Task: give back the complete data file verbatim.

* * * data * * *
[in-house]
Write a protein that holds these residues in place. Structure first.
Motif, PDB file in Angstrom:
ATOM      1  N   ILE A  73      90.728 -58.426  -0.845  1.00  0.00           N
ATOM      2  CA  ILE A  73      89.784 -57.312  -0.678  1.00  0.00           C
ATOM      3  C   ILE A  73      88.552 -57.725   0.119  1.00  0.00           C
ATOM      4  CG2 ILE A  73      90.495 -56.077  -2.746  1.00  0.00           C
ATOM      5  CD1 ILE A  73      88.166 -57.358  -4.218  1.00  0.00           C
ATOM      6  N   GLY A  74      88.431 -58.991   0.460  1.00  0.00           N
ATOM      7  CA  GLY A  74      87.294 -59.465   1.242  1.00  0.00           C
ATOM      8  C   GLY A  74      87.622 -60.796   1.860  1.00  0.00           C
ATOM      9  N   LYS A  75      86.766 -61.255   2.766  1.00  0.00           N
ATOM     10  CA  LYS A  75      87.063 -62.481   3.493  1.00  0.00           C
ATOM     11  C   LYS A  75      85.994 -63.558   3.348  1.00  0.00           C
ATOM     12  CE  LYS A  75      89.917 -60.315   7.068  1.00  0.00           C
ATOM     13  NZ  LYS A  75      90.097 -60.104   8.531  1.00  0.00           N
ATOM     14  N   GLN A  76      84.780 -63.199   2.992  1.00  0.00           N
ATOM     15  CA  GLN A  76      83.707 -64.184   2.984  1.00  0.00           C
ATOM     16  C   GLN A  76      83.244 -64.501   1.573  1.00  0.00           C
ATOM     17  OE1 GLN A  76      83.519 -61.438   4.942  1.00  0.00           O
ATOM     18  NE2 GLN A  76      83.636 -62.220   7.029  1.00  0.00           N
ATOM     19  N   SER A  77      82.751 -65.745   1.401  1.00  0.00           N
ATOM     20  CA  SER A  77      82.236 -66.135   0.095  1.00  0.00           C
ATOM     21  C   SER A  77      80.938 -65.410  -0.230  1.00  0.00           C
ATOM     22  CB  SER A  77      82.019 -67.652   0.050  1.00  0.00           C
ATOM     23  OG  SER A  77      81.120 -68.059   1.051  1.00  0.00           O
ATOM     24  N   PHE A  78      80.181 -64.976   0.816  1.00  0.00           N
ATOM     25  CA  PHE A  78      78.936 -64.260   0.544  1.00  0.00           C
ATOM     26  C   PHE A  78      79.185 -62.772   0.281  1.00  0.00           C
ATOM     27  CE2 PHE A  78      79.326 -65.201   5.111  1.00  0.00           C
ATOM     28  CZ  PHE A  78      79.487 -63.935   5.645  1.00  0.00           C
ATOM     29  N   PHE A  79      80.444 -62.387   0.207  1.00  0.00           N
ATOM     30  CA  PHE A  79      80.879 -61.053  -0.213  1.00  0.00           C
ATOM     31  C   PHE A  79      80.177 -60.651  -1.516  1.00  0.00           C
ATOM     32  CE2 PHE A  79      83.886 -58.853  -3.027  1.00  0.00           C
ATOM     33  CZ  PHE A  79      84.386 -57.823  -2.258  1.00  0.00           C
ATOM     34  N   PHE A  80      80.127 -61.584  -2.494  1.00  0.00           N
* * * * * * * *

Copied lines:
[in-house]
Write a protein that holds these residues in place. Structure first.
Motif, PDB file in Angstrom:
ATOM      1  N   ILE A  73      90.728 -58.426  -0.845  1.00  0.00           N
ATOM      2  CA  ILE A  73      89.784 -57.312  -0.678  1.00  0.00           C
ATOM      3  C   ILE A  73      88.552 -57.725   0.119  1.00  0.00           C
ATOM      4  CG2 ILE A  73      90.495 -56.077  -2.746  1.00  0.00           C
ATOM      5  CD1 ILE A  73      88.166 -57.358  -4.218  1.00  0.00           C
ATOM      6  N   GLY A  74      88.431 -58.991   0.460  1.00  0.00           N
ATOM      7  CA  GLY A  74      87.294 -59.465   1.242  1.00  0.00           C
ATOM      8  C   GLY A  74      87.622 -60.796   1.860  1.00  0.00           C
ATOM      9  N   LYS A  75      86.766 -61.255   2.766  1.00  0.00           N
ATOM     10  CA  LYS A  75      87.063 -62.481   3.493  1.00  0.00           C
ATOM     11  C   LYS A  75      85.994 -63.558   3.348  1.00  0.00           C
ATOM     12  CE  LYS A  75      89.917 -60.315   7.068  1.00  0.00           C
ATOM     13  NZ  LYS A  75      90.097 -60.104   8.531  1.00  0.00           N
ATOM     14  N   GLN A  76      84.780 -63.199   2.992  1.00  0.00           N
ATOM     15  CA  GLN A  76      83.707 -64.184   2.984  1.00  0.00           C
ATOM     16  C   GLN A  76      83.244 -64.501   1.573  1.00  0.00           C
ATOM     17  OE1 GLN A  76      83.519 -61.438   4.942  1.00  0.00           O
ATOM     18  NE2 GLN A  76      83.636 -62.220   7.029  1.00  0.00           N
ATOM     19  N   SER A  77      82.751 -65.745   1.401  1.00  0.00           N
ATOM     20  CA  SER A  77      82.236 -66.135   0.095  1.00  0.00           C
ATOM     21  C   SER A  77      80.938 -65.410  -0.230  1.00  0.00           C
ATOM     22  CB  SER A  77      82.019 -67.652   0.050  1.00  0.00           C
ATOM     23  OG  SER A  77      81.120 -68.059   1.051  1.00  0.00           O
ATOM     24  N   PHE A  78      80.181 -64.976   0.816  1.00  0.00           N
ATOM     25  CA  PHE A  78      78.936 -64.260   0.544  1.00  0.00           C
ATOM     26  C   PHE A  78      79.185 -62.772   0.281  1.00  0.00           C
ATOM     27  CE2 PHE A  78      79.326 -65.201   5.111  1.00  0.00           C
ATOM     28  CZ  PHE A  78      79.487 -63.935   5.645  1.00  0.00           C
ATOM     29  N   PHE A  79      80.444 -62.387   0.207  1.00  0.00           N
ATOM     30  CA  PHE A  79      80.879 -61.053  -0.213  1.00  0.00           C
ATOM     31  C   PHE A  79      80.177 -60.651  -1.516  1.00  0.00           C
ATOM     32  CE2 PHE A  79      83.886 -58.853  -3.027  1.00  0.00           C
ATOM     33  CZ  PHE A  79      84.386 -57.823  -2.258  1.00  0.00           C
ATOM     34  N   PHE A  80      80.127 -61.584  -2.494  1.00  0.00           N